These plans also limit your terms to 20 years (the one exception is REPAYE, which sets your term at 25 years if you have loans from graduate school). If you’re not a new borrower, the IBR plan might not be as helpful to you as PAYE or REPAYE.
Will likely increase your interest costs
This last downside isn’t specific to IBR; it applies to all income-driven plans. When you add years to your debt, you increase your interest costs. So even though these plans make your loans more affordable in the short term, they actually make them more expensive overall.
This might not matter if you need relief now. But if you can afford the standard 10-year plan, you’ll pay less interest over the long run and likely get out of debt sooner.
Given the pros and cons of Income-Based Repayment, who is this plan best for? Well, it tends to be better for borrowers who took out loans after July 1, 2014, rather than those who took out loans before.
It’s also a useful option for borrowers with FFEL loans who don’t want to go through the process of Direct loan consolidation before getting their loans on income-driven repayment.
Ultimately, though, you’re probably looking for the income-driven repayment plan that will get you the most affordable monthly payments.
If you’re not sure which income-driven repayment plan that is, speak with your loan servicer for guidance on your individual situation.
To get your loans on an income-driven repayment plan, simply submit a request online at StudentAid.gov. You’ll need to provide some documentation of your income, as well as your personal information.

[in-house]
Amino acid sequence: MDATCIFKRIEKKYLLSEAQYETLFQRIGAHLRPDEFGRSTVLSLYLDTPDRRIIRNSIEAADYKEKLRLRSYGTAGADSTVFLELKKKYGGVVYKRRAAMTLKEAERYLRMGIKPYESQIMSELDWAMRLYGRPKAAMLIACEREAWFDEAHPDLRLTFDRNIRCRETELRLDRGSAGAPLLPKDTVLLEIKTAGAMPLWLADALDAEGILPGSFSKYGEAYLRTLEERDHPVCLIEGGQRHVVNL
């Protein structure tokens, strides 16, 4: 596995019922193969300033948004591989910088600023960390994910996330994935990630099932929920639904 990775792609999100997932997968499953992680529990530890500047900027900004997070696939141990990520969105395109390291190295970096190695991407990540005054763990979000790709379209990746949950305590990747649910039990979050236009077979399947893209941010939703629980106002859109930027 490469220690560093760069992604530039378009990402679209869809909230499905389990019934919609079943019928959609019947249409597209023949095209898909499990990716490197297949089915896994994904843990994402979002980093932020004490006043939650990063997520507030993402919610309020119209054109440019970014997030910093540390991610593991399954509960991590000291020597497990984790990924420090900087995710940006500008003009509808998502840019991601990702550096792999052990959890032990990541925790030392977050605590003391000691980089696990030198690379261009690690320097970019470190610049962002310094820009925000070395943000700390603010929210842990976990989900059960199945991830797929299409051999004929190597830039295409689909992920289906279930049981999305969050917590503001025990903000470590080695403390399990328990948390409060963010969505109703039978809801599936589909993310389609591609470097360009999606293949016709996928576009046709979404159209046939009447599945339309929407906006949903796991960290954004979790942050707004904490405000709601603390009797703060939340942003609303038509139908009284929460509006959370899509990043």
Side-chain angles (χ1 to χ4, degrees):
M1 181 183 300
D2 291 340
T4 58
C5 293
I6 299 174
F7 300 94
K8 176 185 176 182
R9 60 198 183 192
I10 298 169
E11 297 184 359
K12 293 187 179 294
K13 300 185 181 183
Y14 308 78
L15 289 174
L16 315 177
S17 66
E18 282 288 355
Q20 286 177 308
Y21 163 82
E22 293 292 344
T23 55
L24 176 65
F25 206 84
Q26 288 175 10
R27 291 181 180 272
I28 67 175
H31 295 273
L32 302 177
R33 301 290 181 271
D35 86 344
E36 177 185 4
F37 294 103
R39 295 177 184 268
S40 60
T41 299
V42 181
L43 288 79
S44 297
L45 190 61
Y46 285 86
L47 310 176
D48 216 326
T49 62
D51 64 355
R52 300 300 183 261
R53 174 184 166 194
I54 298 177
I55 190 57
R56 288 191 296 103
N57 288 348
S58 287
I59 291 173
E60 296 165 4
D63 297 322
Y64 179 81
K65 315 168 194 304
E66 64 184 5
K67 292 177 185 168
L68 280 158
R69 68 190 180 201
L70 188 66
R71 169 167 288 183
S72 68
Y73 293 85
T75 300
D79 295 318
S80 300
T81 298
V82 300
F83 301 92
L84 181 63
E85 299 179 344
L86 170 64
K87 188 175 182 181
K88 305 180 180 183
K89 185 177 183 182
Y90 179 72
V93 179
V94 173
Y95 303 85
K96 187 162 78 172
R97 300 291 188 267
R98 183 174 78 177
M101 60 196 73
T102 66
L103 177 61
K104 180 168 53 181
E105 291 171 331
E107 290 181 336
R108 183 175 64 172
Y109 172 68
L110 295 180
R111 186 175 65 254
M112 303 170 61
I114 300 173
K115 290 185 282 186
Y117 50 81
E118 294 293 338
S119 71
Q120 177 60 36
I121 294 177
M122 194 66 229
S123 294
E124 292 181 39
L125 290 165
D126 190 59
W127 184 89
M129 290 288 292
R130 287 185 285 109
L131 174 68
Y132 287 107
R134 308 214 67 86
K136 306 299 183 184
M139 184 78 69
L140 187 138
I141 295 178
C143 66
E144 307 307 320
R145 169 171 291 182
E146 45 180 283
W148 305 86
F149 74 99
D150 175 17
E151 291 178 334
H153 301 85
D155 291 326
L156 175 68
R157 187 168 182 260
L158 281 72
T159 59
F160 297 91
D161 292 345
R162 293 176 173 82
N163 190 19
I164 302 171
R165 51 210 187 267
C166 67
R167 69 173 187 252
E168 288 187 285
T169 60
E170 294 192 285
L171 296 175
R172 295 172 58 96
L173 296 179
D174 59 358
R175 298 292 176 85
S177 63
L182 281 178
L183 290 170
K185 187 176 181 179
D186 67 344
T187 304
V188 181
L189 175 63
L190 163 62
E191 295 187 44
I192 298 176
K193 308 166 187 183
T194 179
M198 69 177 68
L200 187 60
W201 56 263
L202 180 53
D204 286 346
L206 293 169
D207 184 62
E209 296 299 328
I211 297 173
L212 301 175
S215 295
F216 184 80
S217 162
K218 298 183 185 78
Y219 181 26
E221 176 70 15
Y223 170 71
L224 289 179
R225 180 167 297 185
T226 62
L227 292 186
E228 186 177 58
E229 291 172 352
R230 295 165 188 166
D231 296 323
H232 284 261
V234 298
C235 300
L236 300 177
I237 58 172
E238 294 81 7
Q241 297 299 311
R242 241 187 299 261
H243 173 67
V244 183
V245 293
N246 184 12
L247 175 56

Again, your loan servicer can guide you through the process. The website can also direct you to the income-driven plan that will lower your student loan payment the most.
As mentioned, there are three other income-driven repayment plans that can adjust your student loan payments:
- Pay As You Earn (PAYE)
- Revised Pay As You Earn (REPAYE)
- Income-Contingent Repayment (ICR. Unlike the other plans, this one is available to parent borrowers)
Two other alternatives to the standard 10-year plan are,
- Extended repayment
- Graduated repayment
Finally, you could consider refinancing your student loans for better interest rates and new terms. Be cautious about refinancing federal student loans, though, since doing so will turn them private and make them ineligible for all these federal student loan repayment plans.
Think about your goals for your student loans, whether you want to lower payments, save on interest, or get out of debt faster. Once you have a clear destination in mind, you can find the strategy that will help you get there.